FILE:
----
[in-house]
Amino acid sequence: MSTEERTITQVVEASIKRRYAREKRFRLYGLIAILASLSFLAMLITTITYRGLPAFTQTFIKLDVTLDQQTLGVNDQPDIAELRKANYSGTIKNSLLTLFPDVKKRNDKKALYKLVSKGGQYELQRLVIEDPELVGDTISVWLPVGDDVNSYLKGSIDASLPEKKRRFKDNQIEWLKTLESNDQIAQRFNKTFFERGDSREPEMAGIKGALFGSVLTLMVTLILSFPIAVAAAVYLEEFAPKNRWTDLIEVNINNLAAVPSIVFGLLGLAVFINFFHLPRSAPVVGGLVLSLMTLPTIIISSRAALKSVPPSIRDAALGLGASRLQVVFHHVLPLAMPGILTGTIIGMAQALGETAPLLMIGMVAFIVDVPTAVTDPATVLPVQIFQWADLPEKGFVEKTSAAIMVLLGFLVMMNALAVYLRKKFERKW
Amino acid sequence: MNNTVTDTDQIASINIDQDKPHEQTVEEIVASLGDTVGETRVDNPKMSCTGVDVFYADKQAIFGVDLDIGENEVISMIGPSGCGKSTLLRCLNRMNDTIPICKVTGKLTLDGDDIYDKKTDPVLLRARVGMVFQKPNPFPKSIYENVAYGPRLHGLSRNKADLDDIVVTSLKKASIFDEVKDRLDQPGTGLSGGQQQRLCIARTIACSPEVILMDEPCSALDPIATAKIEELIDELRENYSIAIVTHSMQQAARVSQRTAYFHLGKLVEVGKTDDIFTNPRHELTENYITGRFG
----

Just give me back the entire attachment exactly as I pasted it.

[in-house]
Amino acid sequence: MSTEERTITQVVEASIKRRYAREKRFRLYGLIAILASLSFLAMLITTITYRGLPAFTQTFIKLDVTLDQQTLGVNDQPDIAELRKANYSGTIKNSLLTLFPDVKKRNDKKALYKLVSKGGQYELQRLVIEDPELVGDTISVWLPVGDDVNSYLKGSIDASLPEKKRRFKDNQIEWLKTLESNDQIAQRFNKTFFERGDSREPEMAGIKGALFGSVLTLMVTLILSFPIAVAAAVYLEEFAPKNRWTDLIEVNINNLAAVPSIVFGLLGLAVFINFFHLPRSAPVVGGLVLSLMTLPTIIISSRAALKSVPPSIRDAALGLGASRLQVVFHHVLPLAMPGILTGTIIGMAQALGETAPLLMIGMVAFIVDVPTAVTDPATVLPVQIFQWADLPEKGFVEKTSAAIMVLLGFLVMMNALAVYLRKKFERKW
Amino acid sequence: MNNTVTDTDQIASINIDQDKPHEQTVEEIVASLGDTVGETRVDNPKMSCTGVDVFYADKQAIFGVDLDIGENEVISMIGPSGCGKSTLLRCLNRMNDTIPICKVTGKLTLDGDDIYDKKTDPVLLRARVGMVFQKPNPFPKSIYENVAYGPRLHGLSRNKADLDDIVVTSLKKASIFDEVKDRLDQPGTGLSGGQQQRLCIARTIACSPEVILMDEPCSALDPIATAKIEELIDELRENYSIAIVTHSMQQAARVSQRTAYFHLGKLVEVGKTDDIFTNPRHELTENYITGRFG